Taxation in Japan Jeopardises its Solar Sector

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Taxation in Japan Jeopardises its Solar Sector

Photo: Shutterstock / Go_Legacy

Japan has been grappling with how to decrease its disproportionate carbon emissions relative to its population of only 123 million people. Part of that solution includes developing solar power. However, there's a growing movement in more than 200 Japanese municipalities to levy prohibitive taxes on new solar power projects.

11 October 2023 – by Tim Daiss   Comments (0)

Taxation in Japan on the renewable energy sector is a cause for concern and can jeopardise its efforts to resolve Japan’s environmental issues.

In 2022, in Mimasaka, a small town in western Japan, a solar power project developer encountered headwinds that almost stopped the project in its tracks. Mimasaka’s municipal government aimed to impose the country’s first solar tax and construction restrictions, which would affect the 258 MW Sakuto Mega Solar Power Plant.

The plan eventually failed after considerable pushback, but fresh attempts to increase the financial burden on renewable projects in Japan are still gaining momentum.

Keen for Control

A growing list of Japanese municipal governments are keen to introduce their local taxes on solar and wind developers, threatening to stop these projects or at least put them at a regulatory and financial disadvantage. By the end of last year, around 203 municipalities were enacting renewable energy project tax schemes.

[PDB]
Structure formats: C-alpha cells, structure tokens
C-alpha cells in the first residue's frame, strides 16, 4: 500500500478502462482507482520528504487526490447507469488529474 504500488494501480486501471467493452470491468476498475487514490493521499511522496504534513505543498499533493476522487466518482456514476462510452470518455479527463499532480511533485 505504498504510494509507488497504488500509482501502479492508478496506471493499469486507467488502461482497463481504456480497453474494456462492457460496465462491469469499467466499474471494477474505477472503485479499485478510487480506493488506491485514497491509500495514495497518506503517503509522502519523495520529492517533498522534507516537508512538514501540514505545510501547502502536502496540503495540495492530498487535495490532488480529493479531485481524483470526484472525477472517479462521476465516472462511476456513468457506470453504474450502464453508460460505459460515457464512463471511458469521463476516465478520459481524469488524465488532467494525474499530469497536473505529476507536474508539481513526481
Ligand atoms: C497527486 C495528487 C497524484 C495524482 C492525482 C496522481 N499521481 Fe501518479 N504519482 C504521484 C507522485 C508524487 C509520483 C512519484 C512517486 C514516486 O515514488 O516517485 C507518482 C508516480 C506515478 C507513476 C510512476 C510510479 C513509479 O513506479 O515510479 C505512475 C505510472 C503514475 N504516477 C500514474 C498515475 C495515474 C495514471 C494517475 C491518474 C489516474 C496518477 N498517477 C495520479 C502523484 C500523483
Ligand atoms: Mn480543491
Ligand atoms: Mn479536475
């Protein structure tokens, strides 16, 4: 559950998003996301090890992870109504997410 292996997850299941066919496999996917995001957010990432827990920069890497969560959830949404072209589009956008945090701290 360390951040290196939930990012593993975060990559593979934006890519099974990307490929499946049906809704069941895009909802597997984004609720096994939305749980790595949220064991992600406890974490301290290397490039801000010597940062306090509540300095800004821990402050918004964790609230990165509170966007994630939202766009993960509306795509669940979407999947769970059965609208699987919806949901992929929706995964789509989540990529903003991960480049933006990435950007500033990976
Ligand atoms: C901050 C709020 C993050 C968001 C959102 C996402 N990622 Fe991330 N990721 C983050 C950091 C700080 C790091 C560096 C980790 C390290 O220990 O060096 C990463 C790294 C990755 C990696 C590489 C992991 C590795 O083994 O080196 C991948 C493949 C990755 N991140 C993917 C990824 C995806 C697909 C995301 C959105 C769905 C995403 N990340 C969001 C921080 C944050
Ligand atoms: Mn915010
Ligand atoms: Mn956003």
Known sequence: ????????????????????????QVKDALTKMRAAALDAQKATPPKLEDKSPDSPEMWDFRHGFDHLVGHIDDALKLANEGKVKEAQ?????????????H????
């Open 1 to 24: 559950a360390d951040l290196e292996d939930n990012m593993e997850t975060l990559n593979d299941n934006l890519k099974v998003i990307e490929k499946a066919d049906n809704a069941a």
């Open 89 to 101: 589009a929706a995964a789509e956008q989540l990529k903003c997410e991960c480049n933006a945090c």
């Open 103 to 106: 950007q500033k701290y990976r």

However, the reason for this problem may be more complicated than it initially appears.

Difficult Terrain

Experts at Japan NRG’s “Renewables Tax in Japan: Back with a Vengeance” webinar on September 14 said that these municipalities, many in rural and mountainous areas where land suitable for solar development is scarce, mostly try to avoid deforestation. Moreover, residents in these areas are increasingly worried about mudslides due to deforestation.

However, adding to the fray – and perhaps not unsurprisingly – local authorities are also keen on earning additional revenue for local government coffers, they said.

Miyagi Prefecture’s Dilemma

Miyagi Prefecture in northeastern Japan is now undergoing its solar tax problem. The Miyagi prefectural government has proposed taxing businesses cutting down trees that make room for solar, wind, biomass and other power generation facilities.

“We’ve worked out a way to increase the economic burden on business operators to induce them to source suitable sites other than forests,” said Miyagi Governor Yoshihiro Murai.

Miyagi Prefecture is located on Japan’s eastern Pacific coast, and 24% of its total land area is designated as natural parks.